Chart time frames
What are the best chart time frames to trade?


Trading the correct chart time frames is important, and almost counter intuitive to the new trader. This no nonsense, keep it simple approach will show show you what and when to trade.


Chart time framesDaily charts are high probability.


If you have been trading less than 6 months, or are making less than 20% a year clear profit then I highly suggest only trading the daily charts. The daily charts are the representation of the entire days action at a glance. Trading the daily charts comes with many benefits, for example a daily chart will show you the genuine direction of a trend. If you look at a 5 minute chart, you can almost certainly have no idea about the general direction of momentum. Once you start getting in to correct trades on the daily chart, say in a up trend you can stay in those trades longer and increase your risk reward by many times. Let me show you.



[The benefits of trading daily charts is you can stay in winning trades longer for more profit, depending on your definition of the trend you will exit once your trend line is broken]


Above we can the GBP / JPY daily chart, imagine you open your position on the first inside bar. Once the currency starts trading above your open position on the 3rd day you can start to move your stop loss in to a ‘trailing stop loss’. Which basically means you have a flexible profit target, you can simply keep following the trade in its upward momentum for sometimes months, and once it’s in this position you can never lose, and you will be guaranteed a certain level of constantly increasing profit. The trade above could have lasted from Jan to April, that’s 4 months of profit with out having to even think about it.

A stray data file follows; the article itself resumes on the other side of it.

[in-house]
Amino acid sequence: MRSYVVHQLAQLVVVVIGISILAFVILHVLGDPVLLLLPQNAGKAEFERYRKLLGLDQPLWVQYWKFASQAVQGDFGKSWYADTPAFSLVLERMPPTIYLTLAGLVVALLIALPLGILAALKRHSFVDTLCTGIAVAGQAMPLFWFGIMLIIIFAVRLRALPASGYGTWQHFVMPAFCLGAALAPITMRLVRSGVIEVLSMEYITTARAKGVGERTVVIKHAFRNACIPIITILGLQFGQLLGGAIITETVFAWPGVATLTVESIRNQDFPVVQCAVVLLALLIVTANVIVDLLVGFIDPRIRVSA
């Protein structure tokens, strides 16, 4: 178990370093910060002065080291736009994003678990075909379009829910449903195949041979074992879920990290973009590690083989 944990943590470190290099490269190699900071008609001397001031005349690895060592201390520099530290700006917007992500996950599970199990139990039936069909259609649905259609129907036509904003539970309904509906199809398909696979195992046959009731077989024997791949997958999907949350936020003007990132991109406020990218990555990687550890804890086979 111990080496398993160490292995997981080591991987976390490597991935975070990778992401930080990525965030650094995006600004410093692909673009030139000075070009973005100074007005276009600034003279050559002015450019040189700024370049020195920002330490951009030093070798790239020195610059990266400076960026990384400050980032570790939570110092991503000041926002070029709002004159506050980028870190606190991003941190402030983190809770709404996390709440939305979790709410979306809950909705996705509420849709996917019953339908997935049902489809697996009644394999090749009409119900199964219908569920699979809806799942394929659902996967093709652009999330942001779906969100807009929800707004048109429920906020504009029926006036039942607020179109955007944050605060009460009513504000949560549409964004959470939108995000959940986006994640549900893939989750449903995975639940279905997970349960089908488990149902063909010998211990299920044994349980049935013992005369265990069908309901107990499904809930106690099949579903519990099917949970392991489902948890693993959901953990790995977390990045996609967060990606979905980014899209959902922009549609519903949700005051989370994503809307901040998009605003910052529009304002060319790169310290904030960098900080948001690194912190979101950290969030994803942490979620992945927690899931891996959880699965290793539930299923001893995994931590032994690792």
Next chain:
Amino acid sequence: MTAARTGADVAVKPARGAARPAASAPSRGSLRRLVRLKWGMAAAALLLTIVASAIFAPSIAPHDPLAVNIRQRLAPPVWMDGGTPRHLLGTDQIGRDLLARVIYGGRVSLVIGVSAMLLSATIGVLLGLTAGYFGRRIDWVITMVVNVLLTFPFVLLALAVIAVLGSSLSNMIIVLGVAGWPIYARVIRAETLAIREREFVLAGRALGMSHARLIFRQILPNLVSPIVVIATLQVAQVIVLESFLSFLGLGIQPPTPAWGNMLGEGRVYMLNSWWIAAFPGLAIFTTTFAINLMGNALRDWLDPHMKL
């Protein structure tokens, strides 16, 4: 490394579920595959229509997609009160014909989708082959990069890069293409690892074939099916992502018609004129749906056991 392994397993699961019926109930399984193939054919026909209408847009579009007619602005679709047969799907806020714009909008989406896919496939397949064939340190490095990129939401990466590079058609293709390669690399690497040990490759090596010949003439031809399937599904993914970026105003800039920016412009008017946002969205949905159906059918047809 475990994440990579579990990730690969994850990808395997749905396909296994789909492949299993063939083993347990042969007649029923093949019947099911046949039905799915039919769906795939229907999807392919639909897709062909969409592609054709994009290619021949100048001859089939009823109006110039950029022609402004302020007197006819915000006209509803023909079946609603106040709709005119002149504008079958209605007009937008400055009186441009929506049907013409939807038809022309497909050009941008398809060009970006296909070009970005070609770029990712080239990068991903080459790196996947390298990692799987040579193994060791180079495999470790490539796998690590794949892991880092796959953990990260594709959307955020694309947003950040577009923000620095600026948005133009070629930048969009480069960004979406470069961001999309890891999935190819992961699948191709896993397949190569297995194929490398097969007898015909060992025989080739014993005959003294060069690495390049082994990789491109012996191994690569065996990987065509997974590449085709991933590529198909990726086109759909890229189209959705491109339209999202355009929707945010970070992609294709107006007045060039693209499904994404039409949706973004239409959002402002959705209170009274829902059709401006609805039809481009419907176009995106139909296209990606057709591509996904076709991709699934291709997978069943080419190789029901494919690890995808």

You don’t even have to be correct about when the market will change direction. Your trailing stop will just come in to effect once once the trend is broken and profit automatically taken. It means you can get away with being wrong about trades more often, your only risking a small amount on losing trades, but your letting your winners fly. You simply can’t do this on low time frame charts, you will be restricted to much shorter trades which means more spread, more time spent actually trading, more chance of getting in to a state of ‘overtrading’ and many other negative effects, I’ll show in disturbingly graphic detail bellow.


With higher time frame charts there is also less trading noise, so you don’t get so many false signals. It’s hard to fake the entire days trading of a whole currency pair, but on lower time frames you might see a valid set up only to be stopped out of the trade by a big player making a deal, and you have absolutely no control over that. Signals carry much more validity on higher time frames, and that’s exactly what we are looking for. High probability. The lower you go, the lower your probability gets.


4 Hour charts can provide added scope for experienced traders.